Premiums for nursing home residents’ prescription drug plans have dipped for the second year in a row, in what the administration hopes is a sign that efforts to curb prescription costs might be taking hold.
The Centers for Medicare & Medicaid Services announced Tuesday that it’s projecting the average basic premium for Medicare Part D drug plans in 2019 at about $32.50. That’s a 3.2% dip from the $33.59 spent by seniors the previous year.
Administration officials have made it a key concern to try and drop the cost of drug prices for consumers. They claimed Tuesday that CMS’ recent actions — such as reducing the max amount low-income beneficiaries pay for biosimilars, or allowing certain generics to be substituted onto formularies more quickly — have helped lead to the premium drop.
“President Trump and [Health and Human Services] Secretary Azar have made clear that prescription drug costs must come down. The actions that HHS and CMS are taking to increase competition in order to drive down costs for patients are working,” CMS Administrator Seema Verma said in an announcement. “CMS will continue to strengthen the Part D program and bolster plans’ negotiating power so they can get the best deal for seniors from prescription drug manufacturers.”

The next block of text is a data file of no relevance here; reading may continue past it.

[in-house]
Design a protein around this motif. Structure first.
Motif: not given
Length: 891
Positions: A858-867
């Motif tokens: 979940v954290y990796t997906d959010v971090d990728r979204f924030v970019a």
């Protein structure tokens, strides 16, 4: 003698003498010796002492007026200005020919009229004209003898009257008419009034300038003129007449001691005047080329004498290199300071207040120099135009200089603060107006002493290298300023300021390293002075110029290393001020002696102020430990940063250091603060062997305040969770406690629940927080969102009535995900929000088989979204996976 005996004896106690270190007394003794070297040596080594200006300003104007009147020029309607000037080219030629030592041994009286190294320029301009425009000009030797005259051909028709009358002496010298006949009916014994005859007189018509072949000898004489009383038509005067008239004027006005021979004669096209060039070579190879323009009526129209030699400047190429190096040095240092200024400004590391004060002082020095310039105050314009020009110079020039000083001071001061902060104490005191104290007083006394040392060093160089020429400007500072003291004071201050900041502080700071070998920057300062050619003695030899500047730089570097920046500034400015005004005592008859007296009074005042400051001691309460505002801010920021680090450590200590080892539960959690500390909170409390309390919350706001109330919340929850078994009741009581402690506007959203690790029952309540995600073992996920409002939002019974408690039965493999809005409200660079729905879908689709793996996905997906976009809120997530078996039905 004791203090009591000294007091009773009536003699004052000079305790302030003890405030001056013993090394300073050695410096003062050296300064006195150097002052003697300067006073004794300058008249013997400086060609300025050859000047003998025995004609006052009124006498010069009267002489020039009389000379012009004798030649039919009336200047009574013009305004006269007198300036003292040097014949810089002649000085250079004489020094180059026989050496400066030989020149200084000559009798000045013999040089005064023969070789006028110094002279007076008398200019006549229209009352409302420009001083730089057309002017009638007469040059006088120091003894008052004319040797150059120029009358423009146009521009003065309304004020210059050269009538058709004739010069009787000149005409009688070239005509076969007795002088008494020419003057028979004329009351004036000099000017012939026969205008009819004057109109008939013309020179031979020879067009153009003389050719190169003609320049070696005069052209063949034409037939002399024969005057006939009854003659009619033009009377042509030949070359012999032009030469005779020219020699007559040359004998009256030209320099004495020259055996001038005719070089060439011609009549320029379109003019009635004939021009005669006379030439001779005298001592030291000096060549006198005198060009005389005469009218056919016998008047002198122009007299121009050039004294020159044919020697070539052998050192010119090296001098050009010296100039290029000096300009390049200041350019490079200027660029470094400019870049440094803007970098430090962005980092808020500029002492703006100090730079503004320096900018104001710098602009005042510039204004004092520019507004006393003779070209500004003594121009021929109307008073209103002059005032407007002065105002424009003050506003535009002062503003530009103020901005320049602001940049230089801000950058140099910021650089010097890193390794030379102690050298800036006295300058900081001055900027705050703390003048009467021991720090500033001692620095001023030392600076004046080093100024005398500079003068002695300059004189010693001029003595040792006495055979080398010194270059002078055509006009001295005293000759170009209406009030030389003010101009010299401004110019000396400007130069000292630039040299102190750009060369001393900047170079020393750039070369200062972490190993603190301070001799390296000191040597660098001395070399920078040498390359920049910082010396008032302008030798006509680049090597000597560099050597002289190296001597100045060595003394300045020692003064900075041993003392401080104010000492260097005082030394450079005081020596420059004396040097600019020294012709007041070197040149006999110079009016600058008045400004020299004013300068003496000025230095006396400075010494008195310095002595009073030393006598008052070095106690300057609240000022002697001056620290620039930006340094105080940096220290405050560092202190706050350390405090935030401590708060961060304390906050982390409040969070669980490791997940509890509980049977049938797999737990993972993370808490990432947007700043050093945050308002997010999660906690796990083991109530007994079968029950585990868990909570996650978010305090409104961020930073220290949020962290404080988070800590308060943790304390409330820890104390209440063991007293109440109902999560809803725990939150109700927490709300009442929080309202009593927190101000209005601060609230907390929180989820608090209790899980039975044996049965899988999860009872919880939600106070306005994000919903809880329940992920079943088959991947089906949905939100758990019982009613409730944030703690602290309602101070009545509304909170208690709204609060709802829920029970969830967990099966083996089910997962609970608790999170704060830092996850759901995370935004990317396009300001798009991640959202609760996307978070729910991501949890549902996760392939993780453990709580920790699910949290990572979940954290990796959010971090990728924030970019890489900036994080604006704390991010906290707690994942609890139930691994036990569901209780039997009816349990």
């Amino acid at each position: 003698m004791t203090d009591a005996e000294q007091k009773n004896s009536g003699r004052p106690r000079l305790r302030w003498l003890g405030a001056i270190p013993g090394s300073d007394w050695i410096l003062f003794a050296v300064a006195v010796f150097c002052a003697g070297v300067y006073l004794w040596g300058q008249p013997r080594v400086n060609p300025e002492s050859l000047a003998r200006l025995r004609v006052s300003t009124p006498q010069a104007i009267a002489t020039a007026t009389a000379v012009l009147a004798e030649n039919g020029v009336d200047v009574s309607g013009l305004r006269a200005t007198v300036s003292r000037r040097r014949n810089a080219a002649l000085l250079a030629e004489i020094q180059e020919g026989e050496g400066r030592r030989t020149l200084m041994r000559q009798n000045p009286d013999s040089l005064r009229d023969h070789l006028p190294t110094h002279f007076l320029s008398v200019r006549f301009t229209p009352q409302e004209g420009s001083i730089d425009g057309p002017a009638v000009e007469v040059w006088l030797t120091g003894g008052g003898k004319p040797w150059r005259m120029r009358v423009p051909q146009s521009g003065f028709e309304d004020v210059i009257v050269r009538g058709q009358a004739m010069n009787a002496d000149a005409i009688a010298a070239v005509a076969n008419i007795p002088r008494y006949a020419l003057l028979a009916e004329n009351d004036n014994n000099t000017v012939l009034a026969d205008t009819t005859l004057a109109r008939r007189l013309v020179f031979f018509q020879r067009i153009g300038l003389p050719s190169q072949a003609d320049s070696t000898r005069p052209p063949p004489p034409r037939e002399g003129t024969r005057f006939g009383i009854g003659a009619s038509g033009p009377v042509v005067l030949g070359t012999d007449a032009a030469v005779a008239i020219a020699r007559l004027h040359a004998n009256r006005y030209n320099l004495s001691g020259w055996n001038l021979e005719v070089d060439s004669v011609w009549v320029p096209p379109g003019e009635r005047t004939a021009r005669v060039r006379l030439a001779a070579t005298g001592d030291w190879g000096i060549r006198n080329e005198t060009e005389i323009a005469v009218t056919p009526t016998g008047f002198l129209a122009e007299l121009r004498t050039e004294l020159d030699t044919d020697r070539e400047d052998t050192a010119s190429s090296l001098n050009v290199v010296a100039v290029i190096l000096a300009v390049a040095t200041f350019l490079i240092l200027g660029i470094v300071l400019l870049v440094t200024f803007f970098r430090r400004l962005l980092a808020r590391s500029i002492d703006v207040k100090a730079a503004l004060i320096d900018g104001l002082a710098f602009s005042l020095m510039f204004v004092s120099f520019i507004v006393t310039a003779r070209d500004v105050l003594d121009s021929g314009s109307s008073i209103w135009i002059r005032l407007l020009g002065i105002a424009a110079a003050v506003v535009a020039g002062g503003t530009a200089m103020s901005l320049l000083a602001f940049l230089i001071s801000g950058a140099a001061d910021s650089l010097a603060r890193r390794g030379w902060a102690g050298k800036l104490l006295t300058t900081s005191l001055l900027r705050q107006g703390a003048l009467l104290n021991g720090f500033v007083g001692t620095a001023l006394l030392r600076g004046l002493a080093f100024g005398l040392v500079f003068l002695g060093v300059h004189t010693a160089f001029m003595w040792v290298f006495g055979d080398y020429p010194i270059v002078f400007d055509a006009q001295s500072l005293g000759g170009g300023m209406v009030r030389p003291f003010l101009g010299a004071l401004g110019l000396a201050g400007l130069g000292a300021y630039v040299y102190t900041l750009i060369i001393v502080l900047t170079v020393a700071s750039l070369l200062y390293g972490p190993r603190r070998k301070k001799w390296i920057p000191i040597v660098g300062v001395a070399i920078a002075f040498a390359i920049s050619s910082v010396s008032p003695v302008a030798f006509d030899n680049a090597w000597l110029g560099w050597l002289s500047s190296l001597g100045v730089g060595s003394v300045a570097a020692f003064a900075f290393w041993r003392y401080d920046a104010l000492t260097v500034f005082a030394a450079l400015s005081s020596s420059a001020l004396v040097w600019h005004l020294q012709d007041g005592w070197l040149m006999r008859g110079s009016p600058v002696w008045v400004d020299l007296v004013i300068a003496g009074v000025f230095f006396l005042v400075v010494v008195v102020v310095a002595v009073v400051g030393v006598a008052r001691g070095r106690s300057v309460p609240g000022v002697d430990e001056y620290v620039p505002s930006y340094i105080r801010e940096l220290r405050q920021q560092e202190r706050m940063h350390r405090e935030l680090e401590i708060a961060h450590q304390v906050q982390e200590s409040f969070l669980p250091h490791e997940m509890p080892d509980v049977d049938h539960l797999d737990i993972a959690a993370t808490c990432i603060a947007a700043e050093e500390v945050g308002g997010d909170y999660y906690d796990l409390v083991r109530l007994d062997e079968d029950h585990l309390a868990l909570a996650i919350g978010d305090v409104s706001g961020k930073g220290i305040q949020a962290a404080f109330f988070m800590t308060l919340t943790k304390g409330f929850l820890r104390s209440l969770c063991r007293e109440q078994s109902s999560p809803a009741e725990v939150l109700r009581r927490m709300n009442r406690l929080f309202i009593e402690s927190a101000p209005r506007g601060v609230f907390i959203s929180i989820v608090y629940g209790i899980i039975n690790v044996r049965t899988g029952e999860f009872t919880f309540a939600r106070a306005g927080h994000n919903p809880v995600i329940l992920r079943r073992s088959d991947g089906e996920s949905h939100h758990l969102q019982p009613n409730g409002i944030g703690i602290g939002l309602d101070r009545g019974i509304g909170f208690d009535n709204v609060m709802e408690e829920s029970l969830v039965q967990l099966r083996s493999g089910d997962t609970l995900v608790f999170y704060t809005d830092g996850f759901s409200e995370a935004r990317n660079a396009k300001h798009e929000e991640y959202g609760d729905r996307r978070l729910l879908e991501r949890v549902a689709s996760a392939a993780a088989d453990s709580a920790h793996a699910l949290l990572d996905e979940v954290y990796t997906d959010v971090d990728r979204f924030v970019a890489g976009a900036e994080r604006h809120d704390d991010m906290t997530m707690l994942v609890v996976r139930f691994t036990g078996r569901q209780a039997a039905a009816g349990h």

One of the leading long-term care pharmacy groups ripped Medicare Part D last month, calling it an “oligopoly” that is “corrupting the free market.” The Senior Care Pharmacy Coalition — which says it represents about 75% of independent long-term care pharmacies, serving 750,000 residents — alleged dominant pharmacy benefit managers are one of the key drivers of “skyrocketing drug costs.”
CMS’ recent actions did not address PBMs. However, the House Energy and Commerce Committee recently sent a letter to the Federal Trade Commission, demanding a review of consolidation in the industry. Just three PBMs administer more than 90% of prescriptions doled out to seniors in long-term care facilities. The pharmacy coalition applauded the letter earlier this week.
“We maintain PBM mergers and acquisitions, rapid vertical and horizontal integration, and stubborn adherence to opaque business practices threatens patients in LTC settings, undermines the nation’s commitment to free and fair markets, and ultimately places LTC pharmacies at a competitive disadvantage,” SCPC President and CEO Alan Rosenbloom said in a statement on Monday. “This new letter to the FTC is timely and warranted.”